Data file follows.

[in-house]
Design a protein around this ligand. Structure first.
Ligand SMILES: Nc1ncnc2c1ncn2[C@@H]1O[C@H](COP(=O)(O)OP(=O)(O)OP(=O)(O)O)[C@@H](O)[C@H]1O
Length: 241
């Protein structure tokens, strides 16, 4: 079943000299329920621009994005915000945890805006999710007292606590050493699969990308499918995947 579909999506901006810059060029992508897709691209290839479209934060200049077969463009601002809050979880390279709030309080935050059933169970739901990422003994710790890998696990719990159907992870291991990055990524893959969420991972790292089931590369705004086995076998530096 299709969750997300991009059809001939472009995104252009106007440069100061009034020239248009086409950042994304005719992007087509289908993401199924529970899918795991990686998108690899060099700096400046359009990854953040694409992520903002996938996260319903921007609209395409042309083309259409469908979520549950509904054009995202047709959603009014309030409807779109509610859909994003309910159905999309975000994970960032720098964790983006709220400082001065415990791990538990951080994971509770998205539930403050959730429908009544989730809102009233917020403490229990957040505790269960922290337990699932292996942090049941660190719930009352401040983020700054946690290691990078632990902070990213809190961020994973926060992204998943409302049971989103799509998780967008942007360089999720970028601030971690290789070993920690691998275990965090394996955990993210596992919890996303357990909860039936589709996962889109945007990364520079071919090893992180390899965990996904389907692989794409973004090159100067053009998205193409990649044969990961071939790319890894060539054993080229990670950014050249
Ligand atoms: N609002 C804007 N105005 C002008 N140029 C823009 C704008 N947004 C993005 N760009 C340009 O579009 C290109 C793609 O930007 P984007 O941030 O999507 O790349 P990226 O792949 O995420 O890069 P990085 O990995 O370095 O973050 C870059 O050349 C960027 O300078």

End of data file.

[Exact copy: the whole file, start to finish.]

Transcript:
[in-house]
Design a protein around this ligand. Structure first.
Ligand SMILES: Nc1ncnc2c1ncn2[C@@H]1O[C@H](COP(=O)(O)OP(=O)(O)OP(=O)(O)O)[C@@H](O)[C@H]1O
Length: 241
């Protein structure tokens, strides 16, 4: 079943000299329920621009994005915000945890805006999710007292606590050493699969990308499918995947 579909999506901006810059060029992508897709691209290839479209934060200049077969463009601002809050979880390279709030309080935050059933169970739901990422003994710790890998696990719990159907992870291991990055990524893959969420991972790292089931590369705004086995076998530096 299709969750997300991009059809001939472009995104252009106007440069100061009034020239248009086409950042994304005719992007087509289908993401199924529970899918795991990686998108690899060099700096400046359009990854953040694409992520903002996938996260319903921007609209395409042309083309259409469908979520549950509904054009995202047709959603009014309030409807779109509610859909994003309910159905999309975000994970960032720098964790983006709220400082001065415990791990538990951080994971509770998205539930403050959730429908009544989730809102009233917020403490229990957040505790269960922290337990699932292996942090049941660190719930009352401040983020700054946690290691990078632990902070990213809190961020994973926060992204998943409302049971989103799509998780967008942007360089999720970028601030971690290789070993920690691998275990965090394996955990993210596992919890996303357990909860039936589709996962889109945007990364520079071919090893992180390899965990996904389907692989794409973004090159100067053009998205193409990649044969990961071939790319890894060539054993080229990670950014050249
Ligand atoms: N609002 C804007 N105005 C002008 N140029 C823009 C704008 N947004 C993005 N760009 C340009 O579009 C290109 C793609 O930007 P984007 O941030 O999507 O790349 P990226 O792949 O995420 O890069 P990085 O990995 O370095 O973050 C870059 O050349 C960027 O300078």